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This is when experts say the pandemic will be considered 'over'

Scientists say their models show we could be on the other side of this by summer, but that timeline depends on our vaccine rollout.

ST. PETERSBURG, Fla. — As we mark one year of the coronavirus pandemic, the conversation is turning to when this will all be over so we can return to “normal” --whatever that may look like.

First, what is a pandemic? The Centers for Disease Control and Prevention defines it as an event of disease spreading across several countries and affecting a large number of people at once. It’s worse than an outbreak or epidemic, which happens when a higher-than-expected number of people in the same place get sick.

Going by that definition, the CDC says the pandemic will be over when there are no longer widespread cases worldwide.

This isn’t our first pandemic, so we do have an idea of how our future could turn out. The last pandemic, the Spanish Flu of 1918, infected about a third of the people on the planet. Britannica says it lasted until early Spring of 1919, coming in 3 different waves.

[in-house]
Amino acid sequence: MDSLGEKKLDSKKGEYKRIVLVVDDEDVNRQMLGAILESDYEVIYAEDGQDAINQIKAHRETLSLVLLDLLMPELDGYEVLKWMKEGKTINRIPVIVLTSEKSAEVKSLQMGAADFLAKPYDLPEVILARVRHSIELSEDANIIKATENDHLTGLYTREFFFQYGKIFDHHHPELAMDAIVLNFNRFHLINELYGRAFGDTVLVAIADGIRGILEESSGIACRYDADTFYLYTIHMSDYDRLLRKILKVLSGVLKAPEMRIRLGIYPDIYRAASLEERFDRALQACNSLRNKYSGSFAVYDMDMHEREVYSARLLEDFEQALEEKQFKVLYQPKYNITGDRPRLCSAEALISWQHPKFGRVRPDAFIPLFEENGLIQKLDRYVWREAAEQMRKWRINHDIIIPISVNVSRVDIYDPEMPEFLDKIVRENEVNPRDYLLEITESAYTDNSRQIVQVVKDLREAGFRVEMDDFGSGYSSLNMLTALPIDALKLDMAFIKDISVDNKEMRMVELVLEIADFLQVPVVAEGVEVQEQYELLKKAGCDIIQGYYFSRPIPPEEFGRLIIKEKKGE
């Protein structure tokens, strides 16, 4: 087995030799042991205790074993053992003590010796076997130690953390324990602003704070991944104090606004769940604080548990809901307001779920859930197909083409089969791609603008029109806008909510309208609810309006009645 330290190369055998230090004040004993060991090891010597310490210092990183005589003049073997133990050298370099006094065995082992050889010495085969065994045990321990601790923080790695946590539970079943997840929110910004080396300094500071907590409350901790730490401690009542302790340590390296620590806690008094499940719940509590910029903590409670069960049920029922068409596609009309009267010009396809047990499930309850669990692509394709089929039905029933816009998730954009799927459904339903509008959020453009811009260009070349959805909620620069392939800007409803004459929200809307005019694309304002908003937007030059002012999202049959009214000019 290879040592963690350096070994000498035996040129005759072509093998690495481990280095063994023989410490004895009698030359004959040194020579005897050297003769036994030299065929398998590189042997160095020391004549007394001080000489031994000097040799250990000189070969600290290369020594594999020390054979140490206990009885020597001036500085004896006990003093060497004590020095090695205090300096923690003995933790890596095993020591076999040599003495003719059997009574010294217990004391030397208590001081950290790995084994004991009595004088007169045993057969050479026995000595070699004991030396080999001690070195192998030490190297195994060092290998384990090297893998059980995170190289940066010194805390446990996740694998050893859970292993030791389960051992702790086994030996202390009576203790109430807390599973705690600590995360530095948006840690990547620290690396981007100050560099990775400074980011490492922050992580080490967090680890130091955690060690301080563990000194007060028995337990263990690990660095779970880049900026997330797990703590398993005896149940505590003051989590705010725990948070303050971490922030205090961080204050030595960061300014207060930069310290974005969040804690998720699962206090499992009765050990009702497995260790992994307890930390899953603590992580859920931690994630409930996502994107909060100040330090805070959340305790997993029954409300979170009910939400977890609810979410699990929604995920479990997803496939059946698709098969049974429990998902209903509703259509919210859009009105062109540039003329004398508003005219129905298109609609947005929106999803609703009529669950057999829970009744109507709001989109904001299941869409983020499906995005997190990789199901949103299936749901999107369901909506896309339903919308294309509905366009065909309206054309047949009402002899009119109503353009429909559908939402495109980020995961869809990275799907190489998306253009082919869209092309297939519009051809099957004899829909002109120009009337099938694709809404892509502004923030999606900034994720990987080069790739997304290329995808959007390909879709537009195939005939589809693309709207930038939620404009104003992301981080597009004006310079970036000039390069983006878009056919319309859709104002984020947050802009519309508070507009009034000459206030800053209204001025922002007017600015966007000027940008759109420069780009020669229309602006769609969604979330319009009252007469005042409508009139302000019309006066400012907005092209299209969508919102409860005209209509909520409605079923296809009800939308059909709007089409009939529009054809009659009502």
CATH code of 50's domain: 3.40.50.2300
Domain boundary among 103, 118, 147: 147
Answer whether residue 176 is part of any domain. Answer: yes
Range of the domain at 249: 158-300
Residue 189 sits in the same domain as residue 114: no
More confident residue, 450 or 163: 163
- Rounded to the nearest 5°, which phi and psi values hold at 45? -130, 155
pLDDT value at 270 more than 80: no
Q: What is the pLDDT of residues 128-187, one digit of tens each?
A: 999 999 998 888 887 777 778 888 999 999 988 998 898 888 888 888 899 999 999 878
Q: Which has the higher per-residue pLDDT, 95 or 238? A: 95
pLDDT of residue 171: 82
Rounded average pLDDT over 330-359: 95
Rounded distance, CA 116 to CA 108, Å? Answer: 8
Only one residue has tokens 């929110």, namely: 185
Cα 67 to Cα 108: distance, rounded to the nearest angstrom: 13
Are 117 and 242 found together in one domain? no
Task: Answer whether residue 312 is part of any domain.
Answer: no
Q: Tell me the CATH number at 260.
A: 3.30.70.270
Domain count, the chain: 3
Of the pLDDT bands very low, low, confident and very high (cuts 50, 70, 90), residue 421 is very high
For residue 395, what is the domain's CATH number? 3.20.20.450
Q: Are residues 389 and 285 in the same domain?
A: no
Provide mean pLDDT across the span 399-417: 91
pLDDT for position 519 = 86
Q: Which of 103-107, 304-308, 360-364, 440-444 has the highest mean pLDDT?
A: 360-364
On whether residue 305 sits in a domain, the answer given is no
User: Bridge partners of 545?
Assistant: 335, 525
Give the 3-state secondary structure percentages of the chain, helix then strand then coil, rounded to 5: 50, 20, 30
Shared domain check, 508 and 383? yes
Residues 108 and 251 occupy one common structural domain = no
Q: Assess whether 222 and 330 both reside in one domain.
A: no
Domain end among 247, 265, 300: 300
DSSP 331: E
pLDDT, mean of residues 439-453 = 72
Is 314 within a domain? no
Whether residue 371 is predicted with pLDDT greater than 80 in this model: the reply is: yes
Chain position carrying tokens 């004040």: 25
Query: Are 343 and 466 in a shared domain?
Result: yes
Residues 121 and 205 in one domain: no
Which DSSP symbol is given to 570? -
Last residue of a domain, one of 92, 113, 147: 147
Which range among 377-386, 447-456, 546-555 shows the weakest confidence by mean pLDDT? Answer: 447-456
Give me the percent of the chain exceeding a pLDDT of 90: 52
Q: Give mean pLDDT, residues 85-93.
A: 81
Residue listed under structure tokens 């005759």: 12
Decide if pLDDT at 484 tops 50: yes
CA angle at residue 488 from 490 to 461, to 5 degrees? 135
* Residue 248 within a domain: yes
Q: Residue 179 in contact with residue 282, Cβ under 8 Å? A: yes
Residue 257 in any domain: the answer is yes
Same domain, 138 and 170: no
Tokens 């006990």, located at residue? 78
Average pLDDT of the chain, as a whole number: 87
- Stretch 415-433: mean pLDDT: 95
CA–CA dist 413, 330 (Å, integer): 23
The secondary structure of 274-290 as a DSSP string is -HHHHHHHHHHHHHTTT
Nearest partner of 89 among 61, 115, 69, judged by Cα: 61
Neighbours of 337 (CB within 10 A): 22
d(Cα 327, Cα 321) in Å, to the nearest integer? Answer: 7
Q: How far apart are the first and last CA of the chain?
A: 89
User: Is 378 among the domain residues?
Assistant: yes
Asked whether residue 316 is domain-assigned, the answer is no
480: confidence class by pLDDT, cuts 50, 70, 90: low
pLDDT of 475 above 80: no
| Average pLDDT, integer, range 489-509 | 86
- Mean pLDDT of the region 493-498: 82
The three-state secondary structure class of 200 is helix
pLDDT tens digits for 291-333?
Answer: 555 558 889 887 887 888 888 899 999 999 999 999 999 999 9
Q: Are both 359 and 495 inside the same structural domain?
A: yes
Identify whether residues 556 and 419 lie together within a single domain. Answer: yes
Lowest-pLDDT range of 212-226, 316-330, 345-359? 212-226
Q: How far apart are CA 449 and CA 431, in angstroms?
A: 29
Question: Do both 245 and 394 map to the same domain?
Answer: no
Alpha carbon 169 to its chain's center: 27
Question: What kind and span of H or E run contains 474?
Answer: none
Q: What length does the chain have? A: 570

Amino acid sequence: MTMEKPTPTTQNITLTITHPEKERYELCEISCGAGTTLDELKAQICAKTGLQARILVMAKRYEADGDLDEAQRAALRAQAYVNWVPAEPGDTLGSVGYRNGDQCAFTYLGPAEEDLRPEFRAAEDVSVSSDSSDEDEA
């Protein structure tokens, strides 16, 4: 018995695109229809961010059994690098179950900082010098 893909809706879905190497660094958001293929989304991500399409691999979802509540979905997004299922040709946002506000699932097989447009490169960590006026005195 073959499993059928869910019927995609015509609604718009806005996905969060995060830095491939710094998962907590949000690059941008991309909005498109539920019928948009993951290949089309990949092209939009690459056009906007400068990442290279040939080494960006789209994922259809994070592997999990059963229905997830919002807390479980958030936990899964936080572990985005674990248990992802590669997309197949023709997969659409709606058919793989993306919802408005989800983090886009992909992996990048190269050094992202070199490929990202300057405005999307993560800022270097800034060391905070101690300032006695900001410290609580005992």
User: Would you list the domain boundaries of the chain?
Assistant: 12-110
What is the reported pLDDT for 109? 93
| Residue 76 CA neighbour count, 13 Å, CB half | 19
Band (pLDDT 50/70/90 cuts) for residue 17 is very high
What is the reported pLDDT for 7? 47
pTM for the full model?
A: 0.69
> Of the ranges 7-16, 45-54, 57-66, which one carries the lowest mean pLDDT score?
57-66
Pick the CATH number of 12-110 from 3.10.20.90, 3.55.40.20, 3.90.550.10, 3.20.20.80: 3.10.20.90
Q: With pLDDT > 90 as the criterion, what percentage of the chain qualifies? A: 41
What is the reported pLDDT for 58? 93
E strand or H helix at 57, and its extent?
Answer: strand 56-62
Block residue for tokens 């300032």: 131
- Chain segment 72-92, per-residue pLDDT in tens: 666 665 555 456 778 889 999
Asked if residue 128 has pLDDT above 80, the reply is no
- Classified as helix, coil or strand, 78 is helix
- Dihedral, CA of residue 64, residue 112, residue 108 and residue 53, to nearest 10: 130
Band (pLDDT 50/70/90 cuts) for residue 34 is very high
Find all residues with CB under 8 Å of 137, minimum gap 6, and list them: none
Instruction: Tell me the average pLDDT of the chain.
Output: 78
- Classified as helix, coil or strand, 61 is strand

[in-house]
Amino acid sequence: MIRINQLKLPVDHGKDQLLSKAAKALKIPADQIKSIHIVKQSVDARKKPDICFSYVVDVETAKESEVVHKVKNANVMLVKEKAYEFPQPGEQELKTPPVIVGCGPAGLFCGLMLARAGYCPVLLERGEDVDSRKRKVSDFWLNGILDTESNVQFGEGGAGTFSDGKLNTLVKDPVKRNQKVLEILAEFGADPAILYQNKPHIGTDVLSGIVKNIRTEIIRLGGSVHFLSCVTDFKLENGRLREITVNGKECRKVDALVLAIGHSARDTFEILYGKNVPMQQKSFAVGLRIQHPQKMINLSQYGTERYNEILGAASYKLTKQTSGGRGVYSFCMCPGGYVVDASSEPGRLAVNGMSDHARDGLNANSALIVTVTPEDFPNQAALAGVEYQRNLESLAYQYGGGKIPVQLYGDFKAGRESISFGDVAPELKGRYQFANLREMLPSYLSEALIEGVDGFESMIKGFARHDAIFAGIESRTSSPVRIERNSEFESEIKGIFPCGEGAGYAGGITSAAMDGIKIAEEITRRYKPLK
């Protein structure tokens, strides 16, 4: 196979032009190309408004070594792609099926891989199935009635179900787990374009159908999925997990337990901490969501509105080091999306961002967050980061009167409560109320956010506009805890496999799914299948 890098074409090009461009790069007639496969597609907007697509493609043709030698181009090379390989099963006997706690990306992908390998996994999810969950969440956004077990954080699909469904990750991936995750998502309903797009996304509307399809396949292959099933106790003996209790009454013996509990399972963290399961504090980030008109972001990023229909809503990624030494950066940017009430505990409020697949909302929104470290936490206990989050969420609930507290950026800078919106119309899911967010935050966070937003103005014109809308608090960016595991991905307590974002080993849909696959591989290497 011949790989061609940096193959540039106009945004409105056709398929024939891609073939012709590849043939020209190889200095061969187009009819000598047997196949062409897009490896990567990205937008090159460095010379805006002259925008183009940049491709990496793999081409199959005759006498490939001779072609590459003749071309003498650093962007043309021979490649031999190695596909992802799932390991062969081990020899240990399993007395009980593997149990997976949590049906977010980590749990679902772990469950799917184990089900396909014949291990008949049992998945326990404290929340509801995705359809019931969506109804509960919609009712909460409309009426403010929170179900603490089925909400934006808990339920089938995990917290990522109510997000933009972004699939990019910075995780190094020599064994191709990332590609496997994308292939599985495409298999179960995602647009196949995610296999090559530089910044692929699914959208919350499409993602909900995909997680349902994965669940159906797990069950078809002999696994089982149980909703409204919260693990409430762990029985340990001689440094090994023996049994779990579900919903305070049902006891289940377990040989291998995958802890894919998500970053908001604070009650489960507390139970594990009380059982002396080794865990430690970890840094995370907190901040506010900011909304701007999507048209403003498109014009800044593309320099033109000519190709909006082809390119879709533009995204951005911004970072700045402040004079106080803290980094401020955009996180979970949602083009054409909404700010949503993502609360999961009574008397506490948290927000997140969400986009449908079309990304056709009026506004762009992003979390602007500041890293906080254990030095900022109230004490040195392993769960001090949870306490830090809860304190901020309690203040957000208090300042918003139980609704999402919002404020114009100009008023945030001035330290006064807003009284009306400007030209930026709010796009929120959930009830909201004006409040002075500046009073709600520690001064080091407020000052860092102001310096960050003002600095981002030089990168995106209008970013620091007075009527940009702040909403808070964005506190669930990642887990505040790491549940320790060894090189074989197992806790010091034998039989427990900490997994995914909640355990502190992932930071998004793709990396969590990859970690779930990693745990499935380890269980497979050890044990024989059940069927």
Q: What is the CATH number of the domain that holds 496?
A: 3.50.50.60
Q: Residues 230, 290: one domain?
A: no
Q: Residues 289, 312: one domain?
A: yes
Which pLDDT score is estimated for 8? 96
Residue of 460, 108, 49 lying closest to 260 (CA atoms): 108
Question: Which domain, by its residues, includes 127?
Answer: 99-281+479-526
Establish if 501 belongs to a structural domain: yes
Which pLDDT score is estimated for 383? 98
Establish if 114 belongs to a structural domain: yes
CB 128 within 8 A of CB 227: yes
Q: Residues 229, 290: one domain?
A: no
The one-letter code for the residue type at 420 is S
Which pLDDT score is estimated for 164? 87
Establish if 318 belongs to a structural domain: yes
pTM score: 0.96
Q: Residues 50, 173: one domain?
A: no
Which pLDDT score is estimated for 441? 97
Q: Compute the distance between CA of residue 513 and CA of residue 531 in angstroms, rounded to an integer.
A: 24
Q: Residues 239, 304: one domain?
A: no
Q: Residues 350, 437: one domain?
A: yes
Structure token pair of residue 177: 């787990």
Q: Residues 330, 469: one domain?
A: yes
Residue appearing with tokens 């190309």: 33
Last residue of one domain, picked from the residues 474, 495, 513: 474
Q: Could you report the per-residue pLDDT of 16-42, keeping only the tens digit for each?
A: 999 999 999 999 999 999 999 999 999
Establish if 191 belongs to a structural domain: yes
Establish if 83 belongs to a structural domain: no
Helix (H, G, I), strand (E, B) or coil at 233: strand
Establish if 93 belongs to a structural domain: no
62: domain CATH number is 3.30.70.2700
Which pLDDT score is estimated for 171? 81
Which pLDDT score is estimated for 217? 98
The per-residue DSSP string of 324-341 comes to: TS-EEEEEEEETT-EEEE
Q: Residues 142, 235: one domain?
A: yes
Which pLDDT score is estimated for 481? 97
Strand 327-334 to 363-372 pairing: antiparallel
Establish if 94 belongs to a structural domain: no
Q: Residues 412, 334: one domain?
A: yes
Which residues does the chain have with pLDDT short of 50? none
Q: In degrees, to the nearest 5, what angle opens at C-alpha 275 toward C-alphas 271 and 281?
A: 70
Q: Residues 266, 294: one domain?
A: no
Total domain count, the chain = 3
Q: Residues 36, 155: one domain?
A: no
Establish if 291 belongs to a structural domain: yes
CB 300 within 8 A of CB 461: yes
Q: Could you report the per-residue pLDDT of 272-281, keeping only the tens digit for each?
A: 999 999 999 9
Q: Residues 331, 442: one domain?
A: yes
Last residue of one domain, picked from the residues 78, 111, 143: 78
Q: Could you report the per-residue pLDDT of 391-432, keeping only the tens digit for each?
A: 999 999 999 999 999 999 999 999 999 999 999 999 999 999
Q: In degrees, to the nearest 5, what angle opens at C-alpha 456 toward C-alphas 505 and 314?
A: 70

Based on the data we have of the number of coronavirus cases, experts have created models to give us an idea of the timeline for the end of this pandemic.

"If we maintain the current social models, and with the vaccination included, this pandemic should end by August,” said Dr. Edwin Michael, an epidemiologist with USF. He models data for the World Health Organization.

In February 2021, Dr. Michael said those models showed 30 percent of people in our area are still under restricted movement and 66 percent are consistently wearing masks and social distancing.

Credit: USF


Herd immunity is our fastest route to the end of this pandemic. Doctors say to reach it, we need to continue speeding up the rollout of the vaccine. Until we do that, we’ll need to stick to the health and safety measures we’ve been using to keep our number of new coronavirus cases down.

"You have to ramp up vaccines so that you hit 70 percent of the people. Only then you can stop the social measures," Dr. Michael says.

Dr. Michael says vaccines help control the spread of variants of the virus. It also keeps people out of hospitals, by lessening the severity of virus, even if they still get sick.